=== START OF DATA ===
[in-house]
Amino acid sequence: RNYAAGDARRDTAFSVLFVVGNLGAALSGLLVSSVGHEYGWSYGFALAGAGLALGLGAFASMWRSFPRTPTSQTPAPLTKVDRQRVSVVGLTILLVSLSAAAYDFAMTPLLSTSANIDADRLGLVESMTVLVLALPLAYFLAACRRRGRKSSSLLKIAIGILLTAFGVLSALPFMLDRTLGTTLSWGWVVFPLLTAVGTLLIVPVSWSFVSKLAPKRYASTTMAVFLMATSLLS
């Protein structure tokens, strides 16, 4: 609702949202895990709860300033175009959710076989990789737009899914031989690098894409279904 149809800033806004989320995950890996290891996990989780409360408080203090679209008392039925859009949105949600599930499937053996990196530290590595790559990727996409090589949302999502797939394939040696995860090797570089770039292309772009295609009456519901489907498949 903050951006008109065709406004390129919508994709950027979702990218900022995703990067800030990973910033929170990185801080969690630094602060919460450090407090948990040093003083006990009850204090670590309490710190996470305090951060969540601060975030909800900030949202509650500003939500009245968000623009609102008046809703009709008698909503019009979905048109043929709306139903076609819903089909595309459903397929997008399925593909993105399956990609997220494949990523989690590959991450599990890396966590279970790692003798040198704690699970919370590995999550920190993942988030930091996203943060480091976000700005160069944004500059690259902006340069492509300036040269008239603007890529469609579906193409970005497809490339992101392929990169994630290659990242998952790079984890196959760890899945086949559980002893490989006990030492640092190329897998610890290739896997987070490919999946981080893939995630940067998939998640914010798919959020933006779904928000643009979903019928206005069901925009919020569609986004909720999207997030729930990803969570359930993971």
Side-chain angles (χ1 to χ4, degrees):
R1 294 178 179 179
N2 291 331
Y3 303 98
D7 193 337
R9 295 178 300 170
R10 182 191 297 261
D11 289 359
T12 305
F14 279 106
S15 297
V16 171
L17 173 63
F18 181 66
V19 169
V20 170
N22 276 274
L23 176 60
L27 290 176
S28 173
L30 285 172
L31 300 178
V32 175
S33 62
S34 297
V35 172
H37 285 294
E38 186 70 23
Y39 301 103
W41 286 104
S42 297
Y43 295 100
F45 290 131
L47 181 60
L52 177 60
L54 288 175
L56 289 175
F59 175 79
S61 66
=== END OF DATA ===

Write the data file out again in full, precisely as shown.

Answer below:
[in-house]
Amino acid sequence: RNYAAGDARRDTAFSVLFVVGNLGAALSGLLVSSVGHEYGWSYGFALAGAGLALGLGAFASMWRSFPRTPTSQTPAPLTKVDRQRVSVVGLTILLVSLSAAAYDFAMTPLLSTSANIDADRLGLVESMTVLVLALPLAYFLAACRRRGRKSSSLLKIAIGILLTAFGVLSALPFMLDRTLGTTLSWGWVVFPLLTAVGTLLIVPVSWSFVSKLAPKRYASTTMAVFLMATSLLS
């Protein structure tokens, strides 16, 4: 609702949202895990709860300033175009959710076989990789737009899914031989690098894409279904 149809800033806004989320995950890996290891996990989780409360408080203090679209008392039925859009949105949600599930499937053996990196530290590595790559990727996409090589949302999502797939394939040696995860090797570089770039292309772009295609009456519901489907498949 903050951006008109065709406004390129919508994709950027979702990218900022995703990067800030990973910033929170990185801080969690630094602060919460450090407090948990040093003083006990009850204090670590309490710190996470305090951060969540601060975030909800900030949202509650500003939500009245968000623009609102008046809703009709008698909503019009979905048109043929709306139903076609819903089909595309459903397929997008399925593909993105399956990609997220494949990523989690590959991450599990890396966590279970790692003798040198704690699970919370590995999550920190993942988030930091996203943060480091976000700005160069944004500059690259902006340069492509300036040269008239603007890529469609579906193409970005497809490339992101392929990169994630290659990242998952790079984890196959760890899945086949559980002893490989006990030492640092190329897998610890290739896997987070490919999946981080893939995630940067998939998640914010798919959020933006779904928000643009979903019928206005069901925009919020569609986004909720999207997030729930990803969570359930993971």
Side-chain angles (χ1 to χ4, degrees):
R1 294 178 179 179
N2 291 331
Y3 303 98
D7 193 337
R9 295 178 300 170
R10 182 191 297 261
D11 289 359
T12 305
F14 279 106
S15 297
V16 171
L17 173 63
F18 181 66
V19 169
V20 170
N22 276 274
L23 176 60
L27 290 176
S28 173
L30 285 172
L31 300 178
V32 175
S33 62
S34 297
V35 172
H37 285 294
E38 186 70 23
Y39 301 103
W41 286 104
S42 297
Y43 295 100
F45 290 131
L47 181 60
L52 177 60
L54 288 175
L56 289 175
F59 175 79
S61 66